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An Alternative Christmas Card Share This on LinkedIn   Tweet This   Forward This

23 December 2020

When it became obvious to us that we couldn't produce as many Christmas cards using Strathmore Photo Cards and 4x6 prints as we wanted, we decided to make an email Christmas card to send to as many people as we liked.

And while that works fine (see the story in the sidebar) if your recipient has an HTML-capable email client, there's no guarantee what you send (if you can compose it yourself) is what they'll get.

Fonts may be stripped out, backgrounds are generally ignored as are borders.

Worse, yet, an awful lot of personal communication these days is via texts rather than email. And texts are not HTML savvy.

So this year we decided to evolve.


Apart from expression some affection, the point of making your own card is being able to create an image with a message.

Yes, there are Adobe apps for that. Free, too. For your phone. But that's a kind of restriction all its own.

Really, the problem with an HTML card is that the text and image inhabit separate universes.

But any image editor can combine text with an image and if you get that far, you have a picture instead of a Web page that you can send via email or text.


Our final version is shown here (and consider yourselves a recipient of our holiday wishes).

To build it, we started with the image, optimizing it and then resizing it to something reasonable. That would be 1500 pixels in the long dimension.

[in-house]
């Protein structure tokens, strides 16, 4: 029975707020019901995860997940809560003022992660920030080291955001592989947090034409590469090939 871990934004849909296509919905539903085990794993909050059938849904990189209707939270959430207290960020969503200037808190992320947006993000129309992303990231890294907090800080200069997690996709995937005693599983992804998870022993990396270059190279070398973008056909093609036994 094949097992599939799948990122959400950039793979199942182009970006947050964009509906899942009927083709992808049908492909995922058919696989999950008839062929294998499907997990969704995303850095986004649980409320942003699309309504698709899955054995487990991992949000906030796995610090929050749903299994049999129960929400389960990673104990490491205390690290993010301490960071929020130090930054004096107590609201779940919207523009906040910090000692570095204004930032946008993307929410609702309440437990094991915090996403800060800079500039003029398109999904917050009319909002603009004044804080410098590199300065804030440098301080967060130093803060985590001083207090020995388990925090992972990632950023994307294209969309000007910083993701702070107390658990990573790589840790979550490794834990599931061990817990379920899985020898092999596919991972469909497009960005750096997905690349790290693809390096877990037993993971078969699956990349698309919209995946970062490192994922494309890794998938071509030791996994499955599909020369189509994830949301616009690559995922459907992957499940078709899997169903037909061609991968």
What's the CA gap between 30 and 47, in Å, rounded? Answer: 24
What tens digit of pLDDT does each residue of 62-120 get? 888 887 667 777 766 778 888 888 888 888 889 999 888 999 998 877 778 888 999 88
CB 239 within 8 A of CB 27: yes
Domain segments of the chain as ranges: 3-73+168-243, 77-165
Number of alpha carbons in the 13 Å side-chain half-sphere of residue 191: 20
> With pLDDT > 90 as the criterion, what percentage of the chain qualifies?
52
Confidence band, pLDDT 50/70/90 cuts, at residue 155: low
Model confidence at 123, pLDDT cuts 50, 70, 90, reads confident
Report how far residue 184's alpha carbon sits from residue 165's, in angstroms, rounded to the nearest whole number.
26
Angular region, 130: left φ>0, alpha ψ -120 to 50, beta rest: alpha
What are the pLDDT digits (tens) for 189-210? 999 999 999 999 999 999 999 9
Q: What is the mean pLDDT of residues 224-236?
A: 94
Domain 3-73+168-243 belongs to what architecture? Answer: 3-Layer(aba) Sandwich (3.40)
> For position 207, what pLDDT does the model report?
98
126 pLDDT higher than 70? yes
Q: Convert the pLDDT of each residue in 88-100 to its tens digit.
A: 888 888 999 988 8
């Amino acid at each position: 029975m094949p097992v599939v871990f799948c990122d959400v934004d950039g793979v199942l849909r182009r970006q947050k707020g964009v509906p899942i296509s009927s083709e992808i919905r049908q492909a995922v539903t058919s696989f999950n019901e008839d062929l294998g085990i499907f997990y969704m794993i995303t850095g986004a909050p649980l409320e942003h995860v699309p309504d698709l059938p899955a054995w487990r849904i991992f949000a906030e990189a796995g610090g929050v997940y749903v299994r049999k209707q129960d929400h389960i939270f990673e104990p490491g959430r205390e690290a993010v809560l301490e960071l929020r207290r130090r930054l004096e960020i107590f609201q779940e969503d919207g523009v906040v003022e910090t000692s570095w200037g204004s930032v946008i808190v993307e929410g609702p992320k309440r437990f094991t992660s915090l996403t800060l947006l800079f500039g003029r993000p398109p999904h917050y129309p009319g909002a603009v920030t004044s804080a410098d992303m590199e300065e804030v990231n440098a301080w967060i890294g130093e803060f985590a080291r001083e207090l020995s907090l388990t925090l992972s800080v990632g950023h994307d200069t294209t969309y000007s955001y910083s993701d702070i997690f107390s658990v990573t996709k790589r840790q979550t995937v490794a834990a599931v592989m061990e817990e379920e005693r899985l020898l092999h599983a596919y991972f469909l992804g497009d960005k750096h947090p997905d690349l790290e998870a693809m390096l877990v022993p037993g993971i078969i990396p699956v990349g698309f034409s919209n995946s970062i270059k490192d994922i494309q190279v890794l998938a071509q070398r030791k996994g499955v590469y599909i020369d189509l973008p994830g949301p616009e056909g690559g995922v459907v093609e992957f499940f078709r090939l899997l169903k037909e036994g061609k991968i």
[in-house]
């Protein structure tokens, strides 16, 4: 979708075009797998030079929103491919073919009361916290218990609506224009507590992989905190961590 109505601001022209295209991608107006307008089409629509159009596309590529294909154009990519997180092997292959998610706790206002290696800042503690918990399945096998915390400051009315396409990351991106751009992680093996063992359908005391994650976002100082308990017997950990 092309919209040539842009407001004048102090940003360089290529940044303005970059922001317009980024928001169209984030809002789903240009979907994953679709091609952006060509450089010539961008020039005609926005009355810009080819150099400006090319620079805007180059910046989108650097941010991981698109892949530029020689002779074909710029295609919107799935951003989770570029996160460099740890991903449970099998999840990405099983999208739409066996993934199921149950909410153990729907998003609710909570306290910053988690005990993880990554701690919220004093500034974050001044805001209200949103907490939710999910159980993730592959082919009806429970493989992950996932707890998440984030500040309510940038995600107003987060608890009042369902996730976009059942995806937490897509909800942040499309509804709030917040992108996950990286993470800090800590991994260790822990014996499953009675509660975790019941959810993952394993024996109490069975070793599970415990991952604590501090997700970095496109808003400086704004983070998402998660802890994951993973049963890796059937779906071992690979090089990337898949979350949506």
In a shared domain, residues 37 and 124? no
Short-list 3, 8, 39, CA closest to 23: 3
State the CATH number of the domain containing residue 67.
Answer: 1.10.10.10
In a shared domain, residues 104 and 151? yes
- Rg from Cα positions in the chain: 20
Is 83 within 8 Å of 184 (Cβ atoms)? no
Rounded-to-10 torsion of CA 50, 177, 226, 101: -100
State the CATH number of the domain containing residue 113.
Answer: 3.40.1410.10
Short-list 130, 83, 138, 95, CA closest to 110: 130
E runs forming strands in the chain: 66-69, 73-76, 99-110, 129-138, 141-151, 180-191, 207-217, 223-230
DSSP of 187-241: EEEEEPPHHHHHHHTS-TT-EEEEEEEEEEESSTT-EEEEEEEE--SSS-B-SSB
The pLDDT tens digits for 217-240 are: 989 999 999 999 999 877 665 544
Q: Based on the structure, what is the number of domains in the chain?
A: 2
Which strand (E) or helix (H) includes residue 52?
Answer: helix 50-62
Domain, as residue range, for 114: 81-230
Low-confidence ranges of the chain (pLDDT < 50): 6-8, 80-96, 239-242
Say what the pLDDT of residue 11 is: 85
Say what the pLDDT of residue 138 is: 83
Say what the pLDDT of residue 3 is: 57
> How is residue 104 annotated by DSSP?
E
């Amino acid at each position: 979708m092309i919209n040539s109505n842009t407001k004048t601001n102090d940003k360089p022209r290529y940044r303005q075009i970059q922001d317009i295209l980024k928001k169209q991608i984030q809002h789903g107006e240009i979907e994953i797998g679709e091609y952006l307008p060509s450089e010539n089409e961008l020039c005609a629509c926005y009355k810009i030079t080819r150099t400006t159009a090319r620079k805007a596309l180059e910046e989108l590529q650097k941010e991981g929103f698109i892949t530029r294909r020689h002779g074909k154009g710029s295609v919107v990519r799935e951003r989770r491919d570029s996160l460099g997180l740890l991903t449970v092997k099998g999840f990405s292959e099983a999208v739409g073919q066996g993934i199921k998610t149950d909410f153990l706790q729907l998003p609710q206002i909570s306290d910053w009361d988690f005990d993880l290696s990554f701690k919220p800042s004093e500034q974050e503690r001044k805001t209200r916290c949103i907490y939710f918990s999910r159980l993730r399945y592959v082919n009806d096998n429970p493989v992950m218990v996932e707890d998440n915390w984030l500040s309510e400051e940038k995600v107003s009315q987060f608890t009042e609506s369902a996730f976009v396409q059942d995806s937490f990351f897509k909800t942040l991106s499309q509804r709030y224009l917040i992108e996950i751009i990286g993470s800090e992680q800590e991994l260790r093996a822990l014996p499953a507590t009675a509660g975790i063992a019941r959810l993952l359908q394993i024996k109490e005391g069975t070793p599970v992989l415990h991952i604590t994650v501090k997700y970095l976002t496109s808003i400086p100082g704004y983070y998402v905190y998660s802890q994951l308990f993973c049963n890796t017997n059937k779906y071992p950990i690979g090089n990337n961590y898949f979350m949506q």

That makes an image of about 800K to email (not a big deal).

Then we added a border by making a selection and inverting it so it selected the outside rather than the inside of the marque. We lightened the selection up, ghosting it as it were so you focus on the image inside the box. And we drew a green border along the edges where the outside border meets the inside image.

We created a new layer, picked some type, colored it and arranged it over the image to make our card. Then we exported it as a JPEG, optimizing the size in ImageOptim, which we use for everything we put up here at Photo Corners.


For our email list (sent to ourselves with the list recipients included in blind copies (BCC), we simply composed a new message, deleted any signature and dragged the JPEG into the body of the message.

Most email clients will render the JPEG within the message. A few may include it as an attachment, but we wanted to avoid that as much as possible.

To text the image, we just drag it into a new text message, of course.


As with the emailed HTML card, the JPEG card can be sent in seconds. It's the perfect reply to anyone you missed and, unlike a guest list, there's no limit to the number of people you can include.

Which is a pretty good reflection of the holiday spirit in general, don't you think?

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